From CNN's Jack Cafferty:
Republican Senators have vowed to fight the economic stimulus package after it passed the House with no support from their Party.
U.S. Sen. Robert Bennett (R-UT) (C) speaks as (L-R) Sen. Jim Bunning (R-KY), Sen. Tom Coburn (R-OK), Sen. Roger Wicker (R-MS), Sen. Jeff Sessions (R-AL) and Sen. Pat Roberts (R-KS) look on during a news conference on the economic stimulus package on Capitol Hill January 29, 2009 in Washington, DC.
They swear this is not a case of the usual political games and insist that the bill is a waste of money unless it includes more tax cuts and details on where the more than $800-billion is going.
But they are also still whining about being left out of the process, saying the Democrats are ignoring their concerns. This despite the fact that several changes were made in the House version of the bill specifically to placate the Republicans.
The Democrats have launched an offensive. They've started running ads targeting Republican Senators who are up for re-election and urging them to vote for the stimulus package.
Mississippi Senator Roger Wicker pointed out an ad in the Washington Post in which 300 economists agree with Wicker and his Republican colleagues that passing the bill is the wrong thing to do. He added, "a trillion dollars is a terrible thing to waste. Let's be careful we're not making the situation worse in an attempt to make it better."
Despite all the bickering, at the end of the day it's expected the bill will pass the Senate, but with changes from the version that passed the House.
Here’s my question to you: How should the economic stimulus bill be changed?
Interested to know which ones made it on air?
Tony from Michigan writes:
I wonder how many of those 300 economists recommend handing out $700B so fast that we don't know where all of it went? Sen. Wicker and the Republicans are acting like they did not just get done helping Bush ruin this country financially. They need to sit down and shut up.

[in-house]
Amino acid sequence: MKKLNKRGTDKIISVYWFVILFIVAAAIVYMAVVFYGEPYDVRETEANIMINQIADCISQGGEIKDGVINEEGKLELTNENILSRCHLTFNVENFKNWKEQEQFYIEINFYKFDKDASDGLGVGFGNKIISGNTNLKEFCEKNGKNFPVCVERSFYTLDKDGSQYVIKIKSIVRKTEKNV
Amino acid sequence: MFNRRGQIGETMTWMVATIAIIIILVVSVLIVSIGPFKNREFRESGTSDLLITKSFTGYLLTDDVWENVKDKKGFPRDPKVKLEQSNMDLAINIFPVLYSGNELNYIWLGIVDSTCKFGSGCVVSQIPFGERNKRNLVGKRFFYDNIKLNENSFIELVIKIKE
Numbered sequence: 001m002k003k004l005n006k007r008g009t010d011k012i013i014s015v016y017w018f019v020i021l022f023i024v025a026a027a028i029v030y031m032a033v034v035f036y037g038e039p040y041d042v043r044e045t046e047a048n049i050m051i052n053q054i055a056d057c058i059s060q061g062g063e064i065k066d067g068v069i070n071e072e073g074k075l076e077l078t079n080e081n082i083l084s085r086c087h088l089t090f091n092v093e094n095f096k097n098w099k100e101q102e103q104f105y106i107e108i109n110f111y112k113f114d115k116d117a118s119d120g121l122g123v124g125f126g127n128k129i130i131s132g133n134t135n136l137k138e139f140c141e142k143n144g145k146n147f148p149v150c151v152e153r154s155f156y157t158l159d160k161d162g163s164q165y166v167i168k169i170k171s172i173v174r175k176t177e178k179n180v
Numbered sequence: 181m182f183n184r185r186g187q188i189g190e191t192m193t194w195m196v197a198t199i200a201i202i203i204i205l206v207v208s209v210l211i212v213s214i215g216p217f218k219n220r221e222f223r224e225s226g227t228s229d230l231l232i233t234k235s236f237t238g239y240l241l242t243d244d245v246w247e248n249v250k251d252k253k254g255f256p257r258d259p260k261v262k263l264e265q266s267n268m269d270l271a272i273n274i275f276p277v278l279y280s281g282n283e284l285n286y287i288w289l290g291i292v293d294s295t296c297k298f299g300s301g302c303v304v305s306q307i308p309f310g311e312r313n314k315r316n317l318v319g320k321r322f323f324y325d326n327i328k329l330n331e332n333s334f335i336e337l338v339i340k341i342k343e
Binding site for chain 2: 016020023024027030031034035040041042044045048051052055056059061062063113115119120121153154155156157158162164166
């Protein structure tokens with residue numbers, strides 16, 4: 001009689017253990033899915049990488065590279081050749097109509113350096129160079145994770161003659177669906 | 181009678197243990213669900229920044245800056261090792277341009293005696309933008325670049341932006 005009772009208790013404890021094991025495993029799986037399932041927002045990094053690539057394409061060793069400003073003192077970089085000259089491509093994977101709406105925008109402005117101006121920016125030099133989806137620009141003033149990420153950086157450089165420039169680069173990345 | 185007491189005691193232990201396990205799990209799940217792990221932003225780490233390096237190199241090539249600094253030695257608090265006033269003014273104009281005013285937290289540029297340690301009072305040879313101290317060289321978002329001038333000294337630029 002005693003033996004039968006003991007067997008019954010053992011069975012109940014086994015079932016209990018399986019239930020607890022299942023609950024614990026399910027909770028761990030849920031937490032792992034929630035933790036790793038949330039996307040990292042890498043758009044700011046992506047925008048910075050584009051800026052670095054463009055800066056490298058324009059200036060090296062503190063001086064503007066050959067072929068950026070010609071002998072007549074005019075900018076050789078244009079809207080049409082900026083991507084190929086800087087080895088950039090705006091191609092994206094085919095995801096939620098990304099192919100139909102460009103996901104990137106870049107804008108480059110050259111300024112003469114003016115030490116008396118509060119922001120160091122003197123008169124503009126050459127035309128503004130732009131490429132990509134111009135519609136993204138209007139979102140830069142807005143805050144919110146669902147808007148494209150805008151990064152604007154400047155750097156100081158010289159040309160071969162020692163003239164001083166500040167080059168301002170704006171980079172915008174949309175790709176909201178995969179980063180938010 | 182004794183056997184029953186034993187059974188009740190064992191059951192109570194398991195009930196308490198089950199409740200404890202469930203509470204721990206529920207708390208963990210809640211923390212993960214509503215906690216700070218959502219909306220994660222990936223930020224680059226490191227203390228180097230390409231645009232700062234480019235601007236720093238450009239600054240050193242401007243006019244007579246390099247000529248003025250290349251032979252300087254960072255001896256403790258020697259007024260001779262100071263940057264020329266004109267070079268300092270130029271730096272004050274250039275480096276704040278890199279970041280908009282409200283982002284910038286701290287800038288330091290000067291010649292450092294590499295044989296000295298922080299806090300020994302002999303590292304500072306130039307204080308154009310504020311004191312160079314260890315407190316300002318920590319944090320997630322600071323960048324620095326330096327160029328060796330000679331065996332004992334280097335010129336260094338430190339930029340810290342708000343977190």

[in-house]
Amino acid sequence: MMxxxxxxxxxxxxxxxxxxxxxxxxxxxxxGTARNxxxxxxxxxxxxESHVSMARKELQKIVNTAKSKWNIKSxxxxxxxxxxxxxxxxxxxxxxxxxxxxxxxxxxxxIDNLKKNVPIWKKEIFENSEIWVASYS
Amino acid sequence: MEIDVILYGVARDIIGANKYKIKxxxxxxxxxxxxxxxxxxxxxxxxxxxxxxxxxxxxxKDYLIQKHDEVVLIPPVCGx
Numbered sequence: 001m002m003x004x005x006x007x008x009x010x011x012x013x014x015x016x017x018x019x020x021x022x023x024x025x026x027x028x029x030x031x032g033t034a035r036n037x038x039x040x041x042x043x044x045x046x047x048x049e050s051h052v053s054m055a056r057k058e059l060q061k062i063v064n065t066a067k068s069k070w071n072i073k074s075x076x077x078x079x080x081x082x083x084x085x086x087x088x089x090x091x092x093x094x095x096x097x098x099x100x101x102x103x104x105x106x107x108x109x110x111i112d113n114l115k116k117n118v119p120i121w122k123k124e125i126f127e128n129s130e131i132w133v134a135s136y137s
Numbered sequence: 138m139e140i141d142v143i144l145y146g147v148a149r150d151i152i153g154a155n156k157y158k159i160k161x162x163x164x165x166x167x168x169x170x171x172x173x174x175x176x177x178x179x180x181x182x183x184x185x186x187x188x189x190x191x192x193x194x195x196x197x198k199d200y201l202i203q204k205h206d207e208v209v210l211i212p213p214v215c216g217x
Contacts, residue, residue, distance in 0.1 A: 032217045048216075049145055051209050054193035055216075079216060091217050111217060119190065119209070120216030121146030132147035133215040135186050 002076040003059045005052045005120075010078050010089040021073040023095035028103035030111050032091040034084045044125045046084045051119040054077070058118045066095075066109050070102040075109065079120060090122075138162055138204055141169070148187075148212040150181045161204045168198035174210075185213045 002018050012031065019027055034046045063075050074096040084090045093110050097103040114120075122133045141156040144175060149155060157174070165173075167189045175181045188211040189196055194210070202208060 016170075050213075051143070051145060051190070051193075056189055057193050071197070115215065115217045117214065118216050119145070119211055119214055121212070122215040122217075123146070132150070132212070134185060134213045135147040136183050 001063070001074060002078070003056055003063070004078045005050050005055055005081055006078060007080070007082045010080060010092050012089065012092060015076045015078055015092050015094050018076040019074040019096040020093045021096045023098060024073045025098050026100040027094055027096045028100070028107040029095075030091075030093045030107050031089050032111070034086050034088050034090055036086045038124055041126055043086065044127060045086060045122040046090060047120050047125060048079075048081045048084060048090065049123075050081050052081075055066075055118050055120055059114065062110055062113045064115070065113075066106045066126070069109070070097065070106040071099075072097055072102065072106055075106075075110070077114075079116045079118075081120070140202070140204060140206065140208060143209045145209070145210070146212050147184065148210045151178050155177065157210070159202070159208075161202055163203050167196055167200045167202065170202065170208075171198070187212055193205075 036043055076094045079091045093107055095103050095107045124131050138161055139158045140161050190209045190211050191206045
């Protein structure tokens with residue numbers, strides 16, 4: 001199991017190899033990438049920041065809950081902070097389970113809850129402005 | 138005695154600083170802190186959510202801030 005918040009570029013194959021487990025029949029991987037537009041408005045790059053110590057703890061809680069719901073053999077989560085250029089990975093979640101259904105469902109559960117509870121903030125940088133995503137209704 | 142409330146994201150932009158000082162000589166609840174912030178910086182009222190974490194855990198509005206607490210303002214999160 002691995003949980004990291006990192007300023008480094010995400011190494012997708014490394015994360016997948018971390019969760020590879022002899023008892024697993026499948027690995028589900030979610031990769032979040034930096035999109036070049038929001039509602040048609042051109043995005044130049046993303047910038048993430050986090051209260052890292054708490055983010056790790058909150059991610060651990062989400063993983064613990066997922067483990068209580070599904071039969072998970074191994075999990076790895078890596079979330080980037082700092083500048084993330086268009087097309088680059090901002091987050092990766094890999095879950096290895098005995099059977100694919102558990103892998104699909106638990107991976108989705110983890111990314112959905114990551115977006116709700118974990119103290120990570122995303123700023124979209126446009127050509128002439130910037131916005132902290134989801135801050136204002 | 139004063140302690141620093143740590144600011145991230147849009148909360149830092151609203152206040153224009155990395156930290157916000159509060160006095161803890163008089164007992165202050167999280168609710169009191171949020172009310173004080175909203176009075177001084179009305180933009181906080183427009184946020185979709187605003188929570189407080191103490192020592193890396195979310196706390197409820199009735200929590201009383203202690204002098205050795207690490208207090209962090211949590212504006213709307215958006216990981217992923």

Jack from Lancaster, Ohio writes:
The change I suggest is to forget the bailout and see the fallout. This will cost billions of dollars less with no net change on the perceived problem anyway. The suggestions mean that the public is no less broke without enhancing the lawless financial culture.
Mike from Colorado writes:
Reduce the work week to 32 hours and keep salaries the same. The result would be 20% more jobs. Reimburse employers and sunset the law. Eliminate other tax reductions for business. Establish import taxes for all companies that have exported jobs to start in two years unless those jobs are brought back.
Jean from Connecticut writes:
It seems to me we need to start with an agreement on what ‘stimulus’ is. I would recommend a set of guidelines starting with a timeframe, like 12 months, in which the funds have to be spent/appropriated. Then some guidelines on how the funds will be allocated. I like 50% on infrastructure (roads, bridges, electrical grid, alternative energy), 25% on business incentives (i.e. lower corporate tax rates, investment tax incentives on capital improvements like plants, instruments, technology etc.) and 25% on consumer incentives (i.e. lower tax rates, consumer rebates on selected purchases like home energy improvements, purchase of efficient autos etc.).
Joe from Minnesota writes:
The whole thing should be scrapped and the free market system should be permitted to work. If the government doesn't trust the free market system anymore, then stop calling it a bailout and start calling it Socialism which is what it is.
Jack from Shenandoah, Pennsylvania writes:
Jack, let's add a barrel of beer to each unemployment check so that we can sit around and get good and "stimulated" because this bill sure as hell isn't going to put us back to work anytime soon.